The first group of Blend Modes (the ones at the top above the first dividing line) contains from one to four blend modes depending on the feature: Normal, Dissolve, Behind and Clear. Note: the Fill command and the painting tools are the only ones that list the Behind and Clear Blend modes and are only available when working on layers that can have transparency. In this grouping, there is no Neutral color – all blend colors will effect the base colors. When used at 100% opacity, the blend color will replace the base color. (I point out that I’m using 100% because lowering the opacity of the layer (or paint or fill etc.) will change the way that the blend color is combined with the layer below.)  

• Normal – This is the default mode. Pixels don’t blend. Results are as expected – the contents of a layer are displayed without any blending. A photo will appear as the original or, if you paint with a color, the result color is the color that you chose.  Note: the Normal Blend mode changes to the Threshold Blend Mode when working with indexed-color and/or bitmapped images.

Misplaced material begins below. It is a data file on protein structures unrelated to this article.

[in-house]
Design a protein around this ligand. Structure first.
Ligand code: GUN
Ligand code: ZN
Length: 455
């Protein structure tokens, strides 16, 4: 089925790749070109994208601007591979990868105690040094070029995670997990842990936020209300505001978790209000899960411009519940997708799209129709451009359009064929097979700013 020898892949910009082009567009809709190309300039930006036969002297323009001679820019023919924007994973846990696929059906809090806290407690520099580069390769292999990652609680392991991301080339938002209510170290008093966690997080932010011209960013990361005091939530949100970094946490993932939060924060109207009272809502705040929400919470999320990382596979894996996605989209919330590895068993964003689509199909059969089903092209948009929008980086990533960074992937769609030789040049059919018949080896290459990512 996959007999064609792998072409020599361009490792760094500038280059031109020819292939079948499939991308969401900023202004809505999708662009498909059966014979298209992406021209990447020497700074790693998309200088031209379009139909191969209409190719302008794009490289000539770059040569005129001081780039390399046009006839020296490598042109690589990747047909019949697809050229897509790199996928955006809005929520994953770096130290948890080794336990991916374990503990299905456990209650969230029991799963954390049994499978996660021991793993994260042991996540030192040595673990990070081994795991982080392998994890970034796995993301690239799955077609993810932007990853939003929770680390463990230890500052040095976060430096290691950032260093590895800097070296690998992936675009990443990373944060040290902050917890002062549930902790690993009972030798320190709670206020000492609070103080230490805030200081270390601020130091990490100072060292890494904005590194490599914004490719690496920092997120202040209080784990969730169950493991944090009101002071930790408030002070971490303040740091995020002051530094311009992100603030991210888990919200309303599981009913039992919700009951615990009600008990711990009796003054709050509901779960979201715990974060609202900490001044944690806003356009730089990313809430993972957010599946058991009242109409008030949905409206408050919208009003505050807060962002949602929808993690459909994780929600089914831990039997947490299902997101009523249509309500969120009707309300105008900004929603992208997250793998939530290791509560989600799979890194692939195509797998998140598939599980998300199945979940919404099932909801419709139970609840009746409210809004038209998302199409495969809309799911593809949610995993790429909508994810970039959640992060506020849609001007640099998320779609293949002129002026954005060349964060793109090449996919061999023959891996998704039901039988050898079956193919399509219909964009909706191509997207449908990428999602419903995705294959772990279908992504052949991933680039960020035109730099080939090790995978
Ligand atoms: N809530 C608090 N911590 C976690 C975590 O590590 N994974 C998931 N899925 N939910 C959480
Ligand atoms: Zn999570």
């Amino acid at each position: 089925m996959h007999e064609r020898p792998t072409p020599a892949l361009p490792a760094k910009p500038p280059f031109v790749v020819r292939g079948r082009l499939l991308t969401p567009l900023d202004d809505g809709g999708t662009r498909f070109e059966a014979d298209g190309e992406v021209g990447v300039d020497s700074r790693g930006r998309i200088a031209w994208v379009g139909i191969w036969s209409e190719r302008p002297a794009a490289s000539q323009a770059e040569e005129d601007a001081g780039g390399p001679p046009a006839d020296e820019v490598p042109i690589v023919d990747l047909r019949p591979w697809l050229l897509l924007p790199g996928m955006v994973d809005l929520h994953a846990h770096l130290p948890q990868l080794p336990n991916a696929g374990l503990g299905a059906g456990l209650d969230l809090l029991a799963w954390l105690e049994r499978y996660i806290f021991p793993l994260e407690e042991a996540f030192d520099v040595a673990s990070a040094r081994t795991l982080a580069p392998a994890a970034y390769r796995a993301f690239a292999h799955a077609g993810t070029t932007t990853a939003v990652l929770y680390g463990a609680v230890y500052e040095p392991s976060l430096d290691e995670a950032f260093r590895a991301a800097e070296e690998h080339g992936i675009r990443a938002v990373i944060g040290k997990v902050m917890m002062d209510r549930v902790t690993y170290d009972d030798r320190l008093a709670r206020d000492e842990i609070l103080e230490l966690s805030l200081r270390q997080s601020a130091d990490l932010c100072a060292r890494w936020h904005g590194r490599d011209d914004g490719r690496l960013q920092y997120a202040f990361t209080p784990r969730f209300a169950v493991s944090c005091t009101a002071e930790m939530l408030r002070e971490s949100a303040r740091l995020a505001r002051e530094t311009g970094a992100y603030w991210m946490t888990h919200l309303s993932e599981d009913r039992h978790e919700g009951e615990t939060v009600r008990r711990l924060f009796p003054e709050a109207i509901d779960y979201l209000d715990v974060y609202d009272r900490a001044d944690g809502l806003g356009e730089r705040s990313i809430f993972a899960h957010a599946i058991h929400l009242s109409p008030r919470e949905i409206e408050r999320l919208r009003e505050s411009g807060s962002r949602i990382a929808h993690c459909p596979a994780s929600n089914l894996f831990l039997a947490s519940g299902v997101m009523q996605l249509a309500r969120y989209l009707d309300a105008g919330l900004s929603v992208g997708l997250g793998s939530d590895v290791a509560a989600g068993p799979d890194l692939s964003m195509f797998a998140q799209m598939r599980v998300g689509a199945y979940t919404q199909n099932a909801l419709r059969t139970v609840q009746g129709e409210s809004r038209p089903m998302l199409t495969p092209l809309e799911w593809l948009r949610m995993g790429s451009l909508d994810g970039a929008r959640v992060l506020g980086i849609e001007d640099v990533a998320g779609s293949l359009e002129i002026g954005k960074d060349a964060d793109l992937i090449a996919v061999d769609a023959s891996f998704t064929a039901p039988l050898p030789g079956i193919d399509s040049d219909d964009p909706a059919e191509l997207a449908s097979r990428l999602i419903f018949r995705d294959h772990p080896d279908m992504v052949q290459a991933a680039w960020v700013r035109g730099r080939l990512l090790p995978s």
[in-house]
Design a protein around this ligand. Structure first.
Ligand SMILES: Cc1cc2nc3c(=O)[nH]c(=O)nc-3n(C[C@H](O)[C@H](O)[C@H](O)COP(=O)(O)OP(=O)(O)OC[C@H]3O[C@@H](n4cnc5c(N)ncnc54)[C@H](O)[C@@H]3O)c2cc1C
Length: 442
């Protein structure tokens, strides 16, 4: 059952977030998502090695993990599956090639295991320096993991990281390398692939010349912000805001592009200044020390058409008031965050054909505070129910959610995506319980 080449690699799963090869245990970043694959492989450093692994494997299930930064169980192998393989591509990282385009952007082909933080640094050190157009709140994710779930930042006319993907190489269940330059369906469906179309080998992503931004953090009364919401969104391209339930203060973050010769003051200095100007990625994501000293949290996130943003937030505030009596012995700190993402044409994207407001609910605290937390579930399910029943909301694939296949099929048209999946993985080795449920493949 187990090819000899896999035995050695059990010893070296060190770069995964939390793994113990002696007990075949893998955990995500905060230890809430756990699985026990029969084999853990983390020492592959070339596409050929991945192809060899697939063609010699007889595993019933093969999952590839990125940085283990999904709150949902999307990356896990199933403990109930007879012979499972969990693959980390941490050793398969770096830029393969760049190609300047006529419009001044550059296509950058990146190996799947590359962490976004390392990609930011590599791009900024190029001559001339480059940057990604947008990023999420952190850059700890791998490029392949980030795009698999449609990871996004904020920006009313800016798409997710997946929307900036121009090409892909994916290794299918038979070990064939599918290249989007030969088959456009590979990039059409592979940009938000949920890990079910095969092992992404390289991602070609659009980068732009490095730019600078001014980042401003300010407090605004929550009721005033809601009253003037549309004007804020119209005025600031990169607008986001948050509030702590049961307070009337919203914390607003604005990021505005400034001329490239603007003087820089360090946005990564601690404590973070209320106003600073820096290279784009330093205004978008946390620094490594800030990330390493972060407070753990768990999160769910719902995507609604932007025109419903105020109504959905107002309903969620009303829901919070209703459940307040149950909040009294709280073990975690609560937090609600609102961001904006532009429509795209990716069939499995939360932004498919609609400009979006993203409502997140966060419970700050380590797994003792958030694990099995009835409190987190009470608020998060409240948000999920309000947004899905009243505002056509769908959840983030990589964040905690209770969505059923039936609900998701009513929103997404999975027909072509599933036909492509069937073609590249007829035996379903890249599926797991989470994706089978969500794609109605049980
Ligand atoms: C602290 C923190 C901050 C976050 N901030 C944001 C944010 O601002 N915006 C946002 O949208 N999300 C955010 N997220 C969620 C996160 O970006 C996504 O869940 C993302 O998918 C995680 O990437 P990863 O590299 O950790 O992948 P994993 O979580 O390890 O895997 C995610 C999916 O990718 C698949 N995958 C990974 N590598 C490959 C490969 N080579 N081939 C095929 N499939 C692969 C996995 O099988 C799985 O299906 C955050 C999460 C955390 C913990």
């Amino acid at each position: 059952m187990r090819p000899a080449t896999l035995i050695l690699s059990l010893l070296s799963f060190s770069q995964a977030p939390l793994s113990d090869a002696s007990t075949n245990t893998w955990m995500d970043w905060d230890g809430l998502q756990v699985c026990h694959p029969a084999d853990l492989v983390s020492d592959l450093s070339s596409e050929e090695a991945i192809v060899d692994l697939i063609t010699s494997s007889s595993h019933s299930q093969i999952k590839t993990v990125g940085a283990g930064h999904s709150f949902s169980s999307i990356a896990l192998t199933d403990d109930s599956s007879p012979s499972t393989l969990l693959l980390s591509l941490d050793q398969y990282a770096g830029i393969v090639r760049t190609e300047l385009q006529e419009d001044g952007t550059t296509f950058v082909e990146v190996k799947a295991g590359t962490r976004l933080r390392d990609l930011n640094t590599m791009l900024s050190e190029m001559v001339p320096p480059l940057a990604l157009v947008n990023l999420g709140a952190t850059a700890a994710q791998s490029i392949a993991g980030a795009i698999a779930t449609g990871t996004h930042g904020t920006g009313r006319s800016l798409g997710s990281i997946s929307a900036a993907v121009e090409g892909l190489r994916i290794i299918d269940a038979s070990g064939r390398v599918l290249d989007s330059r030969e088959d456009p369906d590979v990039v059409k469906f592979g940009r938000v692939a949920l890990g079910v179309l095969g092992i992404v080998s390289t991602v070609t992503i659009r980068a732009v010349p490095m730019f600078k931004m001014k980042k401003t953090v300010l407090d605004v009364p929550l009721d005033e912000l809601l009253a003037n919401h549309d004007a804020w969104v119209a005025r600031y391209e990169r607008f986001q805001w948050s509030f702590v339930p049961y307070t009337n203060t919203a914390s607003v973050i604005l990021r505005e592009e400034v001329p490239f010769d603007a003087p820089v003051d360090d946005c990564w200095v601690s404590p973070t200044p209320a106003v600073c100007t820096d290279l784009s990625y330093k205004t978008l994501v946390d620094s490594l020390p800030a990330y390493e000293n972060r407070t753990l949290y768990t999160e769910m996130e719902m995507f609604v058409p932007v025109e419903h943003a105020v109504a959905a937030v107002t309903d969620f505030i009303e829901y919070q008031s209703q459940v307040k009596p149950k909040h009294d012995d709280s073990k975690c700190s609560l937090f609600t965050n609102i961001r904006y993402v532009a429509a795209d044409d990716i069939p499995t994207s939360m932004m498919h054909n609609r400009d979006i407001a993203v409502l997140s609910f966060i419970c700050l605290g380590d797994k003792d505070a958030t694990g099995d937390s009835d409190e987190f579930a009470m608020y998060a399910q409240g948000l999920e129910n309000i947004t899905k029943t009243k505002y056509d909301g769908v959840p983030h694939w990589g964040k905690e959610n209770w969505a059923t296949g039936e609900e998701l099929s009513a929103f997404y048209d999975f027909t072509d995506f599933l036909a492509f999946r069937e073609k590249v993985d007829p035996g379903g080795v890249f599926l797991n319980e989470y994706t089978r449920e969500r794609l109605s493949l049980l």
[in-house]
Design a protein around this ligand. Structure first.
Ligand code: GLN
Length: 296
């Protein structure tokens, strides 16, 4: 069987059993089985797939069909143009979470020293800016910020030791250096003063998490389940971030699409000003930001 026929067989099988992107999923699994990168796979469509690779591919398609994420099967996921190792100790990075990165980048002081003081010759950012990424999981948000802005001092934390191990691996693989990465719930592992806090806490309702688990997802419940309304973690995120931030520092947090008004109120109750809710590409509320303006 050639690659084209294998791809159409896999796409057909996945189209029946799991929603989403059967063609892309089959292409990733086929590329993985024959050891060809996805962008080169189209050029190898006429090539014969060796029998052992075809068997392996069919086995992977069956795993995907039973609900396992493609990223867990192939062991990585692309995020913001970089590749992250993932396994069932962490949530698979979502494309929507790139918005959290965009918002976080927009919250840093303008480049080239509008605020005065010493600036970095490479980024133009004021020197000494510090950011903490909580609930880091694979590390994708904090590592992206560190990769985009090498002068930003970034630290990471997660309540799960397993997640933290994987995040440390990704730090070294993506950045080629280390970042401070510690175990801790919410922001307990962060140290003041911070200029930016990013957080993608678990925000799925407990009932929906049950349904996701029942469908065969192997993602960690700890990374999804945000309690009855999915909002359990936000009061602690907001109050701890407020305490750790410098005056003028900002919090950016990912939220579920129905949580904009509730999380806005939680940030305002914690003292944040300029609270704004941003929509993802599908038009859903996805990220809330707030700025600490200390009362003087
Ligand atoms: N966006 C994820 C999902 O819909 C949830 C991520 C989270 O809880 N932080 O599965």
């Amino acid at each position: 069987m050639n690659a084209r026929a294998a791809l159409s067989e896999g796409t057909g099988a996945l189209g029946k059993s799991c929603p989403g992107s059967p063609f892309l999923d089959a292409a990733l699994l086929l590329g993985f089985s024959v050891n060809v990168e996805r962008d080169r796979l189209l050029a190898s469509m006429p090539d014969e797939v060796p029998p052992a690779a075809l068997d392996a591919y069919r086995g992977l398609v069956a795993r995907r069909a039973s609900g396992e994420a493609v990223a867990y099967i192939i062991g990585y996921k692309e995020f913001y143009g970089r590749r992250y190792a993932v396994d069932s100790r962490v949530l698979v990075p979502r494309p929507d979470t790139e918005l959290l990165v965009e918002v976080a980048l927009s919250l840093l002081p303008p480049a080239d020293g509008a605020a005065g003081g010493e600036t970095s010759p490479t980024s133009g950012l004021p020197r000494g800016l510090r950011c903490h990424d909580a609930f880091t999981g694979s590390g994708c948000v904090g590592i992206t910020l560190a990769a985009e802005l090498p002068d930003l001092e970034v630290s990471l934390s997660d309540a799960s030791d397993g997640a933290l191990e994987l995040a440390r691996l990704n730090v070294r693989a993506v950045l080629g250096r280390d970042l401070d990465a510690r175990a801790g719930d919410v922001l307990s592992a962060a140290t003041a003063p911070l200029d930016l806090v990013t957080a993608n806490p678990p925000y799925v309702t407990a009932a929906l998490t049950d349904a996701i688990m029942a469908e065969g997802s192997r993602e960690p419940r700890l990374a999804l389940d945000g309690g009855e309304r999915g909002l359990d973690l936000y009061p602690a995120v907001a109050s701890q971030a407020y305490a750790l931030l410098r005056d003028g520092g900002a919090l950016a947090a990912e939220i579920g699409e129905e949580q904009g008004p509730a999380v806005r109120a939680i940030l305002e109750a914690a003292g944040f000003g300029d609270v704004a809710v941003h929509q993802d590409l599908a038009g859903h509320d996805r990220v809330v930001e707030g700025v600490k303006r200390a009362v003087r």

• Dissolve  – Edits or paints each pixel to make it the result color; however, the result color is a random replacement of the pixels with the base color or the blend color, depending on the opacity at any pixel location. Lowering the opacity (in this example the opacity of the Layer) reveals a speckled effect which is either the blend color or the base color – never a combination of the two. In this case, the result looks a bit like a mezzotint.

• Behind – Edits or paints only in the transparent areas of a layer. This mode is available for the painting tools and the Fill command.  It’s like painting on the back side of acetate, underneath the image. This mode works only in layers with Lock Transparency deselected. Note: it could be more flexible to paint on a separate layer but I’m sure that people have reasons to do it this way!